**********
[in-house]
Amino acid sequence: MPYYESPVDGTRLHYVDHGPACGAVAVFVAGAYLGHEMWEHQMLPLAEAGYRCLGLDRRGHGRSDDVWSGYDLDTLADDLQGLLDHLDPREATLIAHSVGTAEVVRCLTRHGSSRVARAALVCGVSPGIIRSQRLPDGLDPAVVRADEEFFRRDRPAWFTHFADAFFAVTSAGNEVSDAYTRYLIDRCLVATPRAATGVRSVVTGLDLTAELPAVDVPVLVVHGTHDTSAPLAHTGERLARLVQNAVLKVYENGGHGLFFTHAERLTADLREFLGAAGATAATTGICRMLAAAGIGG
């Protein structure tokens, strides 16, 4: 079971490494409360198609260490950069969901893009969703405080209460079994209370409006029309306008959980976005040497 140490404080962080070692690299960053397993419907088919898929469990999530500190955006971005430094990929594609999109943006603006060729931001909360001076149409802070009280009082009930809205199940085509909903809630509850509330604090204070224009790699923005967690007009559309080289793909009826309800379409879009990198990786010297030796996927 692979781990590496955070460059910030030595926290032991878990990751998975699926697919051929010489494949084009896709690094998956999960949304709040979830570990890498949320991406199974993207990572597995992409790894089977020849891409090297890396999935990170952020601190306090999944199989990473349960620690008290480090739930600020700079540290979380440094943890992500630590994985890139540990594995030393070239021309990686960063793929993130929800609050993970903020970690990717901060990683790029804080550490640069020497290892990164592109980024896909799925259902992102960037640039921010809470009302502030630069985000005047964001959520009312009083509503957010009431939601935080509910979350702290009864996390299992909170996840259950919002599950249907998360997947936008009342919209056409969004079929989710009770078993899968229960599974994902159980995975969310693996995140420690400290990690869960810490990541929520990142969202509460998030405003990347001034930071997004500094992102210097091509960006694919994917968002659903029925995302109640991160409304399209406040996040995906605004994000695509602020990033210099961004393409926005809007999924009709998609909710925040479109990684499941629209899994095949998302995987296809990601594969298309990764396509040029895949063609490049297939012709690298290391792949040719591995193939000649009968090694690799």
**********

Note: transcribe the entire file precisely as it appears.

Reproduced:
[in-house]
Amino acid sequence: MPYYESPVDGTRLHYVDHGPACGAVAVFVAGAYLGHEMWEHQMLPLAEAGYRCLGLDRRGHGRSDDVWSGYDLDTLADDLQGLLDHLDPREATLIAHSVGTAEVVRCLTRHGSSRVARAALVCGVSPGIIRSQRLPDGLDPAVVRADEEFFRRDRPAWFTHFADAFFAVTSAGNEVSDAYTRYLIDRCLVATPRAATGVRSVVTGLDLTAELPAVDVPVLVVHGTHDTSAPLAHTGERLARLVQNAVLKVYENGGHGLFFTHAERLTADLREFLGAAGATAATTGICRMLAAAGIGG
């Protein structure tokens, strides 16, 4: 079971490494409360198609260490950069969901893009969703405080209460079994209370409006029309306008959980976005040497 140490404080962080070692690299960053397993419907088919898929469990999530500190955006971005430094990929594609999109943006603006060729931001909360001076149409802070009280009082009930809205199940085509909903809630509850509330604090204070224009790699923005967690007009559309080289793909009826309800379409879009990198990786010297030796996927 692979781990590496955070460059910030030595926290032991878990990751998975699926697919051929010489494949084009896709690094998956999960949304709040979830570990890498949320991406199974993207990572597995992409790894089977020849891409090297890396999935990170952020601190306090999944199989990473349960620690008290480090739930600020700079540290979380440094943890992500630590994985890139540990594995030393070239021309990686960063793929993130929800609050993970903020970690990717901060990683790029804080550490640069020497290892990164592109980024896909799925259902992102960037640039921010809470009302502030630069985000005047964001959520009312009083509503957010009431939601935080509910979350702290009864996390299992909170996840259950919002599950249907998360997947936008009342919209056409969004079929989710009770078993899968229960599974994902159980995975969310693996995140420690400290990690869960810490990541929520990142969202509460998030405003990347001034930071997004500094992102210097091509960006694919994917968002659903029925995302109640991160409304399209406040996040995906605004994000695509602020990033210099961004393409926005809007999924009709998609909710925040479109990684499941629209899994095949998302995987296809990601594969298309990764396509040029895949063609490049297939012709690298290391792949040719591995193939000649009968090694690799």